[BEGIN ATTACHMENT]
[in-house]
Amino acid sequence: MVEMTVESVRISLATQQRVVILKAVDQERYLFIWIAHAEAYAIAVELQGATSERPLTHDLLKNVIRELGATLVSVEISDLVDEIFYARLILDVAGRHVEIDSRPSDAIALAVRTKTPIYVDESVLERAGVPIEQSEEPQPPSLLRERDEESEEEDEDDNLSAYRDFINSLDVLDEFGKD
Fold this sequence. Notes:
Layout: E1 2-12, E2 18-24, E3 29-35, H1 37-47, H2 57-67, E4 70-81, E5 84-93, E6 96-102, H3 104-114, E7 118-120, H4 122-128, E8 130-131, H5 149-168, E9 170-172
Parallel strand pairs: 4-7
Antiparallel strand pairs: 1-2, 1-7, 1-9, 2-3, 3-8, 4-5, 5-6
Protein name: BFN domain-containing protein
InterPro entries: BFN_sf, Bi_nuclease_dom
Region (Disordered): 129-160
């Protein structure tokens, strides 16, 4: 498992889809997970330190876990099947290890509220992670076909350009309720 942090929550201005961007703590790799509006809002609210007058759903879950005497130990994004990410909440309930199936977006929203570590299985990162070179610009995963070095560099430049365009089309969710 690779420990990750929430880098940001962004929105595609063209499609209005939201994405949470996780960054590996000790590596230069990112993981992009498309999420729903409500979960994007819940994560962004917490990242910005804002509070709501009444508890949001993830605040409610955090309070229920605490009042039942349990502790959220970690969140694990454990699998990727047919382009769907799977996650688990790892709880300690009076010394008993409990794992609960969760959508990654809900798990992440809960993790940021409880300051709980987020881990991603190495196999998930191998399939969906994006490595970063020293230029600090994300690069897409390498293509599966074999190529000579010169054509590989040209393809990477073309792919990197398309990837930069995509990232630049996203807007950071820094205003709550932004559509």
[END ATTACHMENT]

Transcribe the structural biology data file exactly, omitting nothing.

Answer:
[in-house]
Amino acid sequence: MVEMTVESVRISLATQQRVVILKAVDQERYLFIWIAHAEAYAIAVELQGATSERPLTHDLLKNVIRELGATLVSVEISDLVDEIFYARLILDVAGRHVEIDSRPSDAIALAVRTKTPIYVDESVLERAGVPIEQSEEPQPPSLLRERDEESEEEDEDDNLSAYRDFINSLDVLDEFGKD
Fold this sequence. Notes:
Layout: E1 2-12, E2 18-24, E3 29-35, H1 37-47, H2 57-67, E4 70-81, E5 84-93, E6 96-102, H3 104-114, E7 118-120, H4 122-128, E8 130-131, H5 149-168, E9 170-172
Parallel strand pairs: 4-7
Antiparallel strand pairs: 1-2, 1-7, 1-9, 2-3, 3-8, 4-5, 5-6
Protein name: BFN domain-containing protein
InterPro entries: BFN_sf, Bi_nuclease_dom
Region (Disordered): 129-160
């Protein structure tokens, strides 16, 4: 498992889809997970330190876990099947290890509220992670076909350009309720 942090929550201005961007703590790799509006809002609210007058759903879950005497130990994004990410909440309930199936977006929203570590299985990162070179610009995963070095560099430049365009089309969710 690779420990990750929430880098940001962004929105595609063209499609209005939201994405949470996780960054590996000790590596230069990112993981992009498309999420729903409500979960994007819940994560962004917490990242910005804002509070709501009444508890949001993830605040409610955090309070229920605490009042039942349990502790959220970690969140694990454990699998990727047919382009769907799977996650688990790892709880300690009076010394008993409990794992609960969760959508990654809900798990992440809960993790940021409880300051709980987020881990991603190495196999998930191998399939969906994006490595970063020293230029600090994300690069897409390498293509599966074999190529000579010169054509590989040209393809990477073309792919990197398309990837930069995509990232630049996203807007950071820094205003709550932004559509």